THOUSANDS of criminal cases in Scotland have been dropped because of police delays in filing their reports to prosecutors, new figures have revealed.
Alleged offences that have slipped through the net because of the errors include drug dealing, under-age sex, drink driving and firearms charges.
These figures suggest there’s something much more serious going onThomas Ross QC
Almost 4,000 charges were reported to the Crown Office and Procurator-Fiscal Service (COPFS) outwith the legal time frames over the past six years, leaving prosecutors with no choice but to scrap proceedings.
Other crimes which have not been prosecuted within the six to 12-month period known as the time bar include electoral fraud and animal cruelty.
Lawyers have described the delays as “astonishing” and called for Police Scotland to take action to improve their reporting procedures.
Thomas Ross QC, president of the Scottish Criminal Bar Association, said: “It seems extraordinary that they would take so long to report. If it was an isolated incident then you could accept that mistakes happen, but we’re talking thousands of cases here.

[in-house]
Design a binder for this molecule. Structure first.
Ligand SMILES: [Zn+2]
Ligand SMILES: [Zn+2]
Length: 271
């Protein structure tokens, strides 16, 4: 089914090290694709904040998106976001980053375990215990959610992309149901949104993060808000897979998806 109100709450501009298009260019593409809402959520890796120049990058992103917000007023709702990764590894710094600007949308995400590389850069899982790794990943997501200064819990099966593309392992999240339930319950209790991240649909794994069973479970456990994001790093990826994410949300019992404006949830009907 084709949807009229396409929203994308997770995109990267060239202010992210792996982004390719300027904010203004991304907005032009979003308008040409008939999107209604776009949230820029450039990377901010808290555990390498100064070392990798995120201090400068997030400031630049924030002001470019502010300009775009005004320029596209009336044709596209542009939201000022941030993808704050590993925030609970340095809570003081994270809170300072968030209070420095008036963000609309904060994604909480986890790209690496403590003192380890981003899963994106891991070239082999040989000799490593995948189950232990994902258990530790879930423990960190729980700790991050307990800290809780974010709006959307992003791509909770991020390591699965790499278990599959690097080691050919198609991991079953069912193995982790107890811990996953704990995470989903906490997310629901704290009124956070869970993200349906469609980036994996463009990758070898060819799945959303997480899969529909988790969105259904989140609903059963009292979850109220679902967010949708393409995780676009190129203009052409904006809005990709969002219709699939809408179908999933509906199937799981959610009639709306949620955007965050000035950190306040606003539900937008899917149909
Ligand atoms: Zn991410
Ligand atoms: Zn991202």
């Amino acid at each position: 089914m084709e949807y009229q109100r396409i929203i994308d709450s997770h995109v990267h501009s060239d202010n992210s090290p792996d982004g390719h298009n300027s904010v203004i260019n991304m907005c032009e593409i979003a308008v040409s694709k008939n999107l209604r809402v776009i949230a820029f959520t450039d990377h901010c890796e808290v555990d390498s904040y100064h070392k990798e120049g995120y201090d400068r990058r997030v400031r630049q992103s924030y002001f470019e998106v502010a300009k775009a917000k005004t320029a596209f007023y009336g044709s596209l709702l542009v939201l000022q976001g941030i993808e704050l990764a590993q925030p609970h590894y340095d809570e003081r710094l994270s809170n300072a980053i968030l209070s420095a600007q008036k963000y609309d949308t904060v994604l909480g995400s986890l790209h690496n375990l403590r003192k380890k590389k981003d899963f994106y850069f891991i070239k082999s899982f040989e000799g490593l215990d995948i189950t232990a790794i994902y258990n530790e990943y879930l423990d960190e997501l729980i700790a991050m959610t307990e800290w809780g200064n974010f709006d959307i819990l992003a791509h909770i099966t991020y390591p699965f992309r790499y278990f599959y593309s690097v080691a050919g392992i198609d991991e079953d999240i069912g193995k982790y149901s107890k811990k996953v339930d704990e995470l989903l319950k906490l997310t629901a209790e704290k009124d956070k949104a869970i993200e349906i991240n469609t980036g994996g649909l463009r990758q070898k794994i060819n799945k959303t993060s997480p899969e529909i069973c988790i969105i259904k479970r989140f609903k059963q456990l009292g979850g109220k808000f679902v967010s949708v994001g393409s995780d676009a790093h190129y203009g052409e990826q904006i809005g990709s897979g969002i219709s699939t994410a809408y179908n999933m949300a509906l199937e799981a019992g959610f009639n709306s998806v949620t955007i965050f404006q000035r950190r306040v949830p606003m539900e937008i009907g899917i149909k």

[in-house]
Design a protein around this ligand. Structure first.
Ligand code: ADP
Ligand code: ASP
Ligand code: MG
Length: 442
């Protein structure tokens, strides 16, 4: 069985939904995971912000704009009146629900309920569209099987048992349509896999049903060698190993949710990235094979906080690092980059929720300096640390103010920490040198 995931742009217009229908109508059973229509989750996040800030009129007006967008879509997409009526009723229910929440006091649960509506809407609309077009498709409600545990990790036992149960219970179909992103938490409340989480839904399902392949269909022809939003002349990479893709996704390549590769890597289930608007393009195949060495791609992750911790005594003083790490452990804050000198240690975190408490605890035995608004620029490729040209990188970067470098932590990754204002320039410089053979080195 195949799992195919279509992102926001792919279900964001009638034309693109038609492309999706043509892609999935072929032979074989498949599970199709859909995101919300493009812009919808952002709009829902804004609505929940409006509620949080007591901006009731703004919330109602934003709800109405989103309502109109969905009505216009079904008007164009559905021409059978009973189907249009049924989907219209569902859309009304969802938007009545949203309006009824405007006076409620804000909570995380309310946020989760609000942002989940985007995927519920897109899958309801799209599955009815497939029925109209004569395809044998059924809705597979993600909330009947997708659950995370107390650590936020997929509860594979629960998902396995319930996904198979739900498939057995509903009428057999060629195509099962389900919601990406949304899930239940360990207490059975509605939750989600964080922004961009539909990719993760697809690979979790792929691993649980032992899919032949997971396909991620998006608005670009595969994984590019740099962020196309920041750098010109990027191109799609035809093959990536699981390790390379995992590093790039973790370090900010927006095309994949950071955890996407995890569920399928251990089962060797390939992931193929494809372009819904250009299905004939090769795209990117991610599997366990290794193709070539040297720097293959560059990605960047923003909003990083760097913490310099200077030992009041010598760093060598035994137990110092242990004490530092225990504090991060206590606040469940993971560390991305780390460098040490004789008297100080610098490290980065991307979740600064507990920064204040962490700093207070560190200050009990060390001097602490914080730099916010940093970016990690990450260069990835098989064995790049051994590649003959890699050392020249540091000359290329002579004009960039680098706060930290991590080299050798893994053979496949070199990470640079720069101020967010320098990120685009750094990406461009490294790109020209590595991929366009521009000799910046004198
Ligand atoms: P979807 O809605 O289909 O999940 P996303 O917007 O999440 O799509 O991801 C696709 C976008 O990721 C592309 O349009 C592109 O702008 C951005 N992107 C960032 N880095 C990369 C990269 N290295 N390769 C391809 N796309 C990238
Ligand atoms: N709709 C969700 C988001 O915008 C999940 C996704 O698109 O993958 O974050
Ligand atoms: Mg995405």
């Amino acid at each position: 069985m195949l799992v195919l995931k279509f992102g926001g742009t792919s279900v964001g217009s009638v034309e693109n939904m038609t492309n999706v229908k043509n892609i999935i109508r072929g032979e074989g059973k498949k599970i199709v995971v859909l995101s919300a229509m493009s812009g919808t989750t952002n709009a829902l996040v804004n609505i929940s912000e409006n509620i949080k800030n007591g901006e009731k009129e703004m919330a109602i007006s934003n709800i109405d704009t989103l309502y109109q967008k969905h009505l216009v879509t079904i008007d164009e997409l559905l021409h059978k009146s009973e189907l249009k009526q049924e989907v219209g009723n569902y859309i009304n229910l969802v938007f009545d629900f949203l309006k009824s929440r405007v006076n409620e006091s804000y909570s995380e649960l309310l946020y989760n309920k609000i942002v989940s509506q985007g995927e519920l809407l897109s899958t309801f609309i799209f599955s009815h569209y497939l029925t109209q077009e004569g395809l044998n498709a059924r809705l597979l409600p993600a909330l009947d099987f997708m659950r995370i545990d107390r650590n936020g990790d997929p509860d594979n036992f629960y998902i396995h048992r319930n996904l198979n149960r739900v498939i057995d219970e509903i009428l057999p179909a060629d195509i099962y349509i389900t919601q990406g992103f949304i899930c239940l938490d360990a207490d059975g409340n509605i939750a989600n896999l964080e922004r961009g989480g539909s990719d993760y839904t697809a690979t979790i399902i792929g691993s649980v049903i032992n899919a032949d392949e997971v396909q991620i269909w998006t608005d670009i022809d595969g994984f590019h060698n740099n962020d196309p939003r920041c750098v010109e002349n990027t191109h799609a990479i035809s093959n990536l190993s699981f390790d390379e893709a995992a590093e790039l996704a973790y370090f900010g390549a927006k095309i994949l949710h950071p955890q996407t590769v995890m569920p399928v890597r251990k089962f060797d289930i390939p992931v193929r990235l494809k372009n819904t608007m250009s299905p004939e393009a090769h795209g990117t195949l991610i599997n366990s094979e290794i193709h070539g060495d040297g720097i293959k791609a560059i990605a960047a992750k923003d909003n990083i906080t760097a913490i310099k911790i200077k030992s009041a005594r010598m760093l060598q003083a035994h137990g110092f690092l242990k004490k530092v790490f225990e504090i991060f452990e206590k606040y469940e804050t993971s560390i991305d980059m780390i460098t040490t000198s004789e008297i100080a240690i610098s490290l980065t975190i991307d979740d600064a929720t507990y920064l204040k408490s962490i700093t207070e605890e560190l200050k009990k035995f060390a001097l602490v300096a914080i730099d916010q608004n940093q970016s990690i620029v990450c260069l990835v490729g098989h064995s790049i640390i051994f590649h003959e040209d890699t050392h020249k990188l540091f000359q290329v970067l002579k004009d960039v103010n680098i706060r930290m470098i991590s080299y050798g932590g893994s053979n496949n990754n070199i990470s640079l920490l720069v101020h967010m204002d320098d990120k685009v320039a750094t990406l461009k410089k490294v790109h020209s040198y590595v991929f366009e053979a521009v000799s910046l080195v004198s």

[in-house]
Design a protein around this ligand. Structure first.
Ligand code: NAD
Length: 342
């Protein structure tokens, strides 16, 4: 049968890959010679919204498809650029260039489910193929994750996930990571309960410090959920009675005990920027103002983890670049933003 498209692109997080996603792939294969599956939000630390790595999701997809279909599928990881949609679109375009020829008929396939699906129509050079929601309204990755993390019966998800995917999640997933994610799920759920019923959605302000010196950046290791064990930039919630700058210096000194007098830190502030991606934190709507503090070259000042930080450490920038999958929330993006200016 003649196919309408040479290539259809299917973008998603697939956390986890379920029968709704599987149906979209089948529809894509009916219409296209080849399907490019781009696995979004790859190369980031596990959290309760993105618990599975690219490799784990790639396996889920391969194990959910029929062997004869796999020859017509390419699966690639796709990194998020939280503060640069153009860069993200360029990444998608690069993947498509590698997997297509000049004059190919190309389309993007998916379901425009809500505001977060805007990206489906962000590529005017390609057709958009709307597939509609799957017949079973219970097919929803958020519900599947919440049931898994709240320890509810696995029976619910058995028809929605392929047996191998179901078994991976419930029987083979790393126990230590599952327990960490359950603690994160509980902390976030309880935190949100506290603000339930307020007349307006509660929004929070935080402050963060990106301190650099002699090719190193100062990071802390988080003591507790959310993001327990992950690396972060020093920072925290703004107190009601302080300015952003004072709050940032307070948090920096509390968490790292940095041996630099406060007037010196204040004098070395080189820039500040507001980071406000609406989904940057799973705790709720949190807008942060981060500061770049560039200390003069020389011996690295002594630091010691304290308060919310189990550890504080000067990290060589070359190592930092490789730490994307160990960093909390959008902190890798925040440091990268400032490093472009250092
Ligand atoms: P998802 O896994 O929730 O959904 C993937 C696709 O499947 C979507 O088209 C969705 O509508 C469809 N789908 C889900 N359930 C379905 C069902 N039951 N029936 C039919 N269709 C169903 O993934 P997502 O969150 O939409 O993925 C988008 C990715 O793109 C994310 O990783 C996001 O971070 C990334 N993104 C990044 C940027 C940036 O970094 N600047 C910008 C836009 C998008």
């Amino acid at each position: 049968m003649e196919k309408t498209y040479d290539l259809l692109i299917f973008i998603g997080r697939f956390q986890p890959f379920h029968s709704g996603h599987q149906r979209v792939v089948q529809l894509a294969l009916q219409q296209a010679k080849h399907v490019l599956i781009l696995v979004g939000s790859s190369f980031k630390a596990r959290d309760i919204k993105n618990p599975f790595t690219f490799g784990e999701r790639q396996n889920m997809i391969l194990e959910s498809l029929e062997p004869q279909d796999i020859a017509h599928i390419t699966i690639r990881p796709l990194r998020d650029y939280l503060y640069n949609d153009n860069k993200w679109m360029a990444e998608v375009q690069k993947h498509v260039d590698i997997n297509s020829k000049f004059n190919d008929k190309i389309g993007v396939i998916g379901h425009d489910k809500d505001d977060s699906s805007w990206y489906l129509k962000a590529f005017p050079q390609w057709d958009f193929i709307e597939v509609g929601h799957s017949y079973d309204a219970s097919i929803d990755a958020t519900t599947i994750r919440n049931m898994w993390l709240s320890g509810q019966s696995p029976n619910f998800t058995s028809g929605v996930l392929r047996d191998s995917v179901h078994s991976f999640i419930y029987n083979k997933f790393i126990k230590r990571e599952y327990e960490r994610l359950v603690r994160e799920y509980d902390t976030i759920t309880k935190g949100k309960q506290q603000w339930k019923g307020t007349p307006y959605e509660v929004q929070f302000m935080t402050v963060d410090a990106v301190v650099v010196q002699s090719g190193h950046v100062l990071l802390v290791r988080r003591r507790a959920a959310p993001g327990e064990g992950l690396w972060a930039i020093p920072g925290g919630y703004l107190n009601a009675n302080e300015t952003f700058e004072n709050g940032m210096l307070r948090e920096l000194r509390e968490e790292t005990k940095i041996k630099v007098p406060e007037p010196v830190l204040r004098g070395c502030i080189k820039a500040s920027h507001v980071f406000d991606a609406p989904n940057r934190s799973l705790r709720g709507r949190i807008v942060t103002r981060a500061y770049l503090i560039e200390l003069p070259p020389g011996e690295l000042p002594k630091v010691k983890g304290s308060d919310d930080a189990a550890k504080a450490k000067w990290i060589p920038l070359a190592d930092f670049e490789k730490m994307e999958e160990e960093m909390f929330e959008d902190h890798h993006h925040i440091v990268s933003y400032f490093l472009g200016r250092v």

“How would a victim feel if they were to ask about their case only to be told by the Crown ‘we can’t do anything because the police were too late in reporting it’? It’s astonishing.
“In any bureaucratic process people are going to make mistakes, but these figures suggest there’s something much more serious going on.”
The figures show a total of 3,850 charges were reported to the Crown outwith the time frames between 2008-09 and 2013-14. A total of 763 were submitted in 2013-14, the first year of the single police force, which saw the highest number of time-barred cases since 2008-09. A total of 270,397 crimes were recorded that year, with late reports accounting for just under 0.3 per cent.
The data shows that six under-age sex charges were reported to COPFS too late within the six-year period, while there were seven firearms offences, 112 drug-dealing charges, 37 drink- driving cases and ten animal welfare charges.
One offence involving false information being given to an electoral registration officer was also reported outwith the time frame in 2013-14.
Advocate Brian McConnachie QC, formerly a senior prosecutor with Crown Office, said that while the inability to prosecute does not matter in some very minor offences, delays in reporting certain charges, such as drug dealing, need to be explained.
He said the drink-driving figures also suggests “there may be a number of people out there driving who ought not to be”.
Police Scotland said it aims to report offences within 28 days, but is sometimes prevented from doing so because of evidential issues.
Deputy Chief Constable Rose Fitzpatrick said: “In 2013-14, a total of 270,397 crimes were recorded yet only 763 charges were time-barred, which is less than 0.28 per cent.”
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